Beaver: Starring Mel Gibson as Boozy Suicidal Man

The dramatic comedy The Beaver, directed by Jodie Foster, starring Mel Gibson, Jodie Foster and Anton Yelchin, will be released by Summit Entertainment on May 20.

One of the most fascinating aspects of The Beaver is the puppet itself, and how it affects not just the characters but also the cast. Specifically Mel Gibson. Gibson gave his all in preparing for this aspect of the part. By the time production began, he had become completely adept at manipulating the beaver physically, able to endow the creature with a mesmerizing speaking voice and an electric personality. It was uncanny.

Gibson notes, “the dynamic of actually slipping a furry puppet on your hand and having it talk instead of you actually gives you a little bit of freedom and there a certain kind of strange, effortless magic in it. Because you’re relaxed enough to not worry about it so much, the puppet can achieve brilliance through you or you can achieve brilliance through the use of the puppet.”

Furthermore, Gibson proved a master at coordinating his hand movements to the beaver’s words, feelings and attitude. More and more it came to appear that the beaver was real.

“Mel got really into the puppeteering,” says Foster. “I kept saying ‘oh don’t worry about the puppeteering, you know it doesn’t have to be perfect.’ But in the end Mel was really right because as time went on and Mel got better and better at lip syncing the puppet with his words, it really made a big difference because you do start forgetting that the beaver is not a real person.”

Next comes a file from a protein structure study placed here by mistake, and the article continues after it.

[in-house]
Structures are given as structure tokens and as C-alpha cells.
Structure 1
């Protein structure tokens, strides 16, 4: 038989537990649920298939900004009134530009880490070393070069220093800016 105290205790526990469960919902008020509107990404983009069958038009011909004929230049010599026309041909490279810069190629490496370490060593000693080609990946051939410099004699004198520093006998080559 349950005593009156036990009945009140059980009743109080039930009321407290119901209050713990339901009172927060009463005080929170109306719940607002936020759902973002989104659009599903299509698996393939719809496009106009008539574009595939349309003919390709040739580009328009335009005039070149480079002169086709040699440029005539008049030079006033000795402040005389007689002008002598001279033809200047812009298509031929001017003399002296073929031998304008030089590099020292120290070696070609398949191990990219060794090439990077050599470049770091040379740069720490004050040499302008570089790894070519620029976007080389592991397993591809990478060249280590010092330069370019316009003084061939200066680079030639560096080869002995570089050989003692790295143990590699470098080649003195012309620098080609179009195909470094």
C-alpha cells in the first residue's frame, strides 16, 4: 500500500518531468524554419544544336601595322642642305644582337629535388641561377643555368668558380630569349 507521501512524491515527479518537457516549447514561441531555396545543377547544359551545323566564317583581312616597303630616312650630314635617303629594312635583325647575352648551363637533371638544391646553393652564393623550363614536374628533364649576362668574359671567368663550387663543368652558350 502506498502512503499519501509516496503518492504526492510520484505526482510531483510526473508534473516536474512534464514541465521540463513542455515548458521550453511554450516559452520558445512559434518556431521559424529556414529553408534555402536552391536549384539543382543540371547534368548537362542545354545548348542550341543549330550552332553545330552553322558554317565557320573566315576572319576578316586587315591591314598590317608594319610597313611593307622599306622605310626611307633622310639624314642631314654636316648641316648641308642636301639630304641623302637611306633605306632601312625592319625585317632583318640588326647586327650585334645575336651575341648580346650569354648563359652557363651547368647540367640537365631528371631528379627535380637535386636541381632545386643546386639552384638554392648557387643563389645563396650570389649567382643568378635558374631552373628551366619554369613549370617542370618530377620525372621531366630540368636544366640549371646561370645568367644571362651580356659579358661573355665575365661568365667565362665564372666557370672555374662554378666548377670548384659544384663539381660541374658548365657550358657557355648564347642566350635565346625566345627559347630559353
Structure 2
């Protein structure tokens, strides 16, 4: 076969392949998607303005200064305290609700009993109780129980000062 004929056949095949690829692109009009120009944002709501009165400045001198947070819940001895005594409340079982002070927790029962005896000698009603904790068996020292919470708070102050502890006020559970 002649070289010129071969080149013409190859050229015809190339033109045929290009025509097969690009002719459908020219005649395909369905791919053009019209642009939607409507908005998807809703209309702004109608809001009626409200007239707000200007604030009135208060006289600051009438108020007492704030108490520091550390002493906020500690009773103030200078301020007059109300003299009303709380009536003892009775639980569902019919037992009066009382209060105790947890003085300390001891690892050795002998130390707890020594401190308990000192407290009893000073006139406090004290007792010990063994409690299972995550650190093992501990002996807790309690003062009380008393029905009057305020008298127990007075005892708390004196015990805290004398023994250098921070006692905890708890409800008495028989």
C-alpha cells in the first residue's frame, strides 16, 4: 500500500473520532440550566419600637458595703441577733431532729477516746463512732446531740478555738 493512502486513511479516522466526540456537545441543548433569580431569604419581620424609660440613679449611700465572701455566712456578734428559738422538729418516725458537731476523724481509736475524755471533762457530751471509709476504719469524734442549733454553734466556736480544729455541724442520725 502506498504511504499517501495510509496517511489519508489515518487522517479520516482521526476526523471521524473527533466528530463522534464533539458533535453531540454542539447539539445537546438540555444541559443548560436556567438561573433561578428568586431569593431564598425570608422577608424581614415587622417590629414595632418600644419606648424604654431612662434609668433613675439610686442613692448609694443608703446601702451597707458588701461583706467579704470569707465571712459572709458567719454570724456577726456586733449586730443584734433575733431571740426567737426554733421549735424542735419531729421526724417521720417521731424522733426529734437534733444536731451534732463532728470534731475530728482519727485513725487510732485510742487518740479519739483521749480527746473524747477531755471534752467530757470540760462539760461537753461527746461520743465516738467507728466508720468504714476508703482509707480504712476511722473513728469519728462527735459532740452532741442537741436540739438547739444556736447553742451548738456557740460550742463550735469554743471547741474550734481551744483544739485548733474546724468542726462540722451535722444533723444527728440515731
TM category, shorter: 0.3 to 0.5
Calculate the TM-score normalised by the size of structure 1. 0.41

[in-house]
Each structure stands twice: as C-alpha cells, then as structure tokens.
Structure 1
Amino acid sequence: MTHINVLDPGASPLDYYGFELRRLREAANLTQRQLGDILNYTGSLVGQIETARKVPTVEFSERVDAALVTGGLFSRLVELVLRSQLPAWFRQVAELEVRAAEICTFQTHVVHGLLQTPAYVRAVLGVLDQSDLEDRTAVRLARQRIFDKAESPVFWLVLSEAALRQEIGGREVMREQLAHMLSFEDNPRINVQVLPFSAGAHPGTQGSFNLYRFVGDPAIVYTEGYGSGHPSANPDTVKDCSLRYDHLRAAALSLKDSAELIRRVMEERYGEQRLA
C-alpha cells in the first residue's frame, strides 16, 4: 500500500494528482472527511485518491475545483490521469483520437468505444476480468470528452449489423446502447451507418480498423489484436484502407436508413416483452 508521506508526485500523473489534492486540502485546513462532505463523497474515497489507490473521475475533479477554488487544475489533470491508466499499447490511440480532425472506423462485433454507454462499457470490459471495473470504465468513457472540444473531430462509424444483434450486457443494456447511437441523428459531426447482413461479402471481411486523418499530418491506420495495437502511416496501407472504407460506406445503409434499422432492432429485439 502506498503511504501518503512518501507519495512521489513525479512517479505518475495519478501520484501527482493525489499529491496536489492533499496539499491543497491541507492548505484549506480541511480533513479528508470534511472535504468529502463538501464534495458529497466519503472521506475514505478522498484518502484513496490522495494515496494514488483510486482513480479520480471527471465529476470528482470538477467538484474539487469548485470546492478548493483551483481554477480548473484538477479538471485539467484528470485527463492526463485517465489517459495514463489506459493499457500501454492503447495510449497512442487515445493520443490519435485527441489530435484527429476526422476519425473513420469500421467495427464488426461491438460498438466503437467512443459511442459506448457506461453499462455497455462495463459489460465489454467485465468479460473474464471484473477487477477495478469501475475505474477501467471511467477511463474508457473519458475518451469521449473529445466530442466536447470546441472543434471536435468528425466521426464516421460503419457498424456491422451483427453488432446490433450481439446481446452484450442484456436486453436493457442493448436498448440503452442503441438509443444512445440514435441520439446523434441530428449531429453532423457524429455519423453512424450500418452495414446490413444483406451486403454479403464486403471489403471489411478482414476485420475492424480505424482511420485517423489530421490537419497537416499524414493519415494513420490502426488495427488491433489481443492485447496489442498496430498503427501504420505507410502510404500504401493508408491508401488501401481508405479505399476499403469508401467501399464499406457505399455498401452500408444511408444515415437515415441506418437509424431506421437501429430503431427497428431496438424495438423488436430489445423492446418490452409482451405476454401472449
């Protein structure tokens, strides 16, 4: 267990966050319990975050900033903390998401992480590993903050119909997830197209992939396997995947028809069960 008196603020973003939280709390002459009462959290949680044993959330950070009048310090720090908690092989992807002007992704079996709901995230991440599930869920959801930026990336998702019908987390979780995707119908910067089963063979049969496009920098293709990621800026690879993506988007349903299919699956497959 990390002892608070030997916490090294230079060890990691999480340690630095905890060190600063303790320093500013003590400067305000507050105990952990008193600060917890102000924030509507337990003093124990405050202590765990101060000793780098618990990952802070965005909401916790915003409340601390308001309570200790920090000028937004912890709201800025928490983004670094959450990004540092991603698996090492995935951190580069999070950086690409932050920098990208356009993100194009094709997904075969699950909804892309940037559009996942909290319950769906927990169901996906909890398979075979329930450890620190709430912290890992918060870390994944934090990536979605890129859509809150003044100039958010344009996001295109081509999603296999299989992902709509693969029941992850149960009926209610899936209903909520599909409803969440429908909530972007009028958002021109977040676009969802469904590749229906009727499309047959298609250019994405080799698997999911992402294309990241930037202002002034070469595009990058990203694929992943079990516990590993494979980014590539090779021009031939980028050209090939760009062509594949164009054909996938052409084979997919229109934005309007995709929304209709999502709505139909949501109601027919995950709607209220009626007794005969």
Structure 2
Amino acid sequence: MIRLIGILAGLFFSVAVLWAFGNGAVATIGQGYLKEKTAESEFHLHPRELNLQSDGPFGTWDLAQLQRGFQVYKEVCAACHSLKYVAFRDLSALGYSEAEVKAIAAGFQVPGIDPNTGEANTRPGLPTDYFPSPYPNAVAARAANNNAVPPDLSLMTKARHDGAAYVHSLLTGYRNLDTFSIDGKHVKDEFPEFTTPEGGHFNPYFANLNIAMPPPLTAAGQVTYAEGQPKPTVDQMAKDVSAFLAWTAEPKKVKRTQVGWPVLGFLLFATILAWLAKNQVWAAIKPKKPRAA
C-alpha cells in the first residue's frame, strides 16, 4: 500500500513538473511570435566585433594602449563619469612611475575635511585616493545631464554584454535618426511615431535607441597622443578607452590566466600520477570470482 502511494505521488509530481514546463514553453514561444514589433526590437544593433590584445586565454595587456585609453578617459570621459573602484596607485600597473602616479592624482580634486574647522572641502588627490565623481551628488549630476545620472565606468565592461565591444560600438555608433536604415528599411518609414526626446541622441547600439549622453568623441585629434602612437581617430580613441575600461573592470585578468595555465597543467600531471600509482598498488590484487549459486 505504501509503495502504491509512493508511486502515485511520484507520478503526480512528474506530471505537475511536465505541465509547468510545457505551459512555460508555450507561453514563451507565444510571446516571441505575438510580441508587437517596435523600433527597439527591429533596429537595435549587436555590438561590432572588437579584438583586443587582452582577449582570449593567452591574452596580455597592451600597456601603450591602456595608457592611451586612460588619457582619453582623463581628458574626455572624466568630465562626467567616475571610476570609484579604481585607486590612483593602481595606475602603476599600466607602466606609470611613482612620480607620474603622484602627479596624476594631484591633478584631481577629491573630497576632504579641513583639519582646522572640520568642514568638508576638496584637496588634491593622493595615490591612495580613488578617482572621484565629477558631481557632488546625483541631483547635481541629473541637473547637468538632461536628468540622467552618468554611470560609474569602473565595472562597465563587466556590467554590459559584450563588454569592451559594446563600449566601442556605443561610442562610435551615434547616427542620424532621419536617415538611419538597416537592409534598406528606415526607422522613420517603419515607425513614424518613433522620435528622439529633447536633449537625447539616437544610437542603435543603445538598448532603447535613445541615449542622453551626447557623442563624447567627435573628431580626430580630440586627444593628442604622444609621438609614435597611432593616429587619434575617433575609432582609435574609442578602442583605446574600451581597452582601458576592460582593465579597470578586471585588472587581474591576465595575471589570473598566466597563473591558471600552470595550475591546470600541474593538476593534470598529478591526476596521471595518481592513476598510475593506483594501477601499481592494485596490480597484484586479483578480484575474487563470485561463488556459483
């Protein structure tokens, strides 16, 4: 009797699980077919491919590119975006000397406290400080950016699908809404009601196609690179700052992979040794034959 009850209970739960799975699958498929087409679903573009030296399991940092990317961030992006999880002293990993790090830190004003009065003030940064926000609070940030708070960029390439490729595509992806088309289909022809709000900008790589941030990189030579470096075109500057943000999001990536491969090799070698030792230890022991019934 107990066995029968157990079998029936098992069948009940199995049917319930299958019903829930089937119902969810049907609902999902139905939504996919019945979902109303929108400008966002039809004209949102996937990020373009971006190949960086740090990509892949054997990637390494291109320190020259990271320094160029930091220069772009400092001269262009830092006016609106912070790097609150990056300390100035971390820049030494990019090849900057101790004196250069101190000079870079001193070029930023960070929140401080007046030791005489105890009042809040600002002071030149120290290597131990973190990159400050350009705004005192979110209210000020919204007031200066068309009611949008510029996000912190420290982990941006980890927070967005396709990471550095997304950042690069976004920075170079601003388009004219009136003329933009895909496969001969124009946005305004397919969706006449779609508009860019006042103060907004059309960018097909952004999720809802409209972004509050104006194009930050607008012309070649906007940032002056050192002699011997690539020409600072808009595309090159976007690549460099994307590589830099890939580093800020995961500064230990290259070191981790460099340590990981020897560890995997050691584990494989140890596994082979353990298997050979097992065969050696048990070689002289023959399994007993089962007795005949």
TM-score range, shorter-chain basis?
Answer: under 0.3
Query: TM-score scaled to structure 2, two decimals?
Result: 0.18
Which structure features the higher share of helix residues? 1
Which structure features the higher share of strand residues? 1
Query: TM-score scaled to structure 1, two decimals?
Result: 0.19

But in the story it’s through Walter (Gibson) of course that the beaver’s magic works its effects most powerfully. In Kyle Killen’s word, once Walter ‘resets’ his personality as the beaver he meets life on his terms and turns it to his advantage, transforming himself from a depressed loser into a dynamic, creative family-and-business-man.

“The beaver supplies a missing link,” says Gibson. “He has a spokesperson, a buffer for what’s clearly been going wrong for so long—a middle man who can be charming and express things that he perhaps can’t.”

Walter moves full steam ahead. The beaver’s manic energy captivates his younger son, Henry, and turns him into a first class woodworker. It also affects Walter’s wife Meredith

who welcomes her revitalized but wacky husband back into her life since he now more nearly resembles the man she once knew.

(The older son, Porter, however remains unmoved by the change in his father and wants more than ever to stand apart from him, even repudiate him.)

The beaver also exerts a positive force in the workplace. He reverses the declining fortunes of JerryCo by retiring several tired lines of toys, and he introduces production on “The Beaver Mr. Woodchopper Kits,” sales of which become a worldwide phenomenon. JerryCo production — and profits — reach new heights.

But by the time Walter and the beaver appear opposite Matt Lauer on the Today Show, the beaver has morphed into a less benign, more manipulative alter ego with disastrous results. And on the home front, Meredith determines to separate family from the beaver and his feverish schemes before any real damage is done. Soon enough, the craze for the Mr. Woodchopper Kits fades, as fads are liable to do, and the fortunes of JerryCo begin to decline.